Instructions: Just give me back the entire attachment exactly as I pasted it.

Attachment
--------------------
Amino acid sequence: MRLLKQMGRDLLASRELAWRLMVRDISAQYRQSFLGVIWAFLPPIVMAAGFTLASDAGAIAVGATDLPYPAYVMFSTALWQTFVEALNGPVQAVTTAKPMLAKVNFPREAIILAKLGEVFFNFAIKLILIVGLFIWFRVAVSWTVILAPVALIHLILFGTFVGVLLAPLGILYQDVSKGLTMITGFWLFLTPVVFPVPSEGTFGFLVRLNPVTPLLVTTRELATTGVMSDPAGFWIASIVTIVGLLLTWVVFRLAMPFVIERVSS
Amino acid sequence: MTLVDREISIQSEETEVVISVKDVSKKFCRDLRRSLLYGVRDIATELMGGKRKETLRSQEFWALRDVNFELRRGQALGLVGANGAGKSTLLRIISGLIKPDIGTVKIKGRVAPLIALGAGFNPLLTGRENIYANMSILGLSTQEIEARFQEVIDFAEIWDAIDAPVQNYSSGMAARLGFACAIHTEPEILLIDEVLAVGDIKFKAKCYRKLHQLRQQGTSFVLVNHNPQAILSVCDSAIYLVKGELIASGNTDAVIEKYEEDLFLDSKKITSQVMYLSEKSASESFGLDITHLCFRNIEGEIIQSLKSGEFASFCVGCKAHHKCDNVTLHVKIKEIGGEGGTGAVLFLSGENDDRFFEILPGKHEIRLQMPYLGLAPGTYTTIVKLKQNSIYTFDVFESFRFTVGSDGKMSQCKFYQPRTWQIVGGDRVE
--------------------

Amino acid sequence: MRLLKQMGRDLLASRELAWRLMVRDISAQYRQSFLGVIWAFLPPIVMAAGFTLASDAGAIAVGATDLPYPAYVMFSTALWQTFVEALNGPVQAVTTAKPMLAKVNFPREAIILAKLGEVFFNFAIKLILIVGLFIWFRVAVSWTVILAPVALIHLILFGTFVGVLLAPLGILYQDVSKGLTMITGFWLFLTPVVFPVPSEGTFGFLVRLNPVTPLLVTTRELATTGVMSDPAGFWIASIVTIVGLLLTWVVFRLAMPFVIERVSS
Amino acid sequence: MTLVDREISIQSEETEVVISVKDVSKKFCRDLRRSLLYGVRDIATELMGGKRKETLRSQEFWALRDVNFELRRGQALGLVGANGAGKSTLLRIISGLIKPDIGTVKIKGRVAPLIALGAGFNPLLTGRENIYANMSILGLSTQEIEARFQEVIDFAEIWDAIDAPVQNYSSGMAARLGFACAIHTEPEILLIDEVLAVGDIKFKAKCYRKLHQLRQQGTSFVLVNHNPQAILSVCDSAIYLVKGELIASGNTDAVIEKYEEDLFLDSKKITSQVMYLSEKSASESFGLDITHLCFRNIEGEIIQSLKSGEFASFCVGCKAHHKCDNVTLHVKIKEIGGEGGTGAVLFLSGENDDRFFEILPGKHEIRLQMPYLGLAPGTYTTIVKLKQNSIYTFDVFESFRFTVGSDGKMSQCKFYQPRTWQIVGGDRVE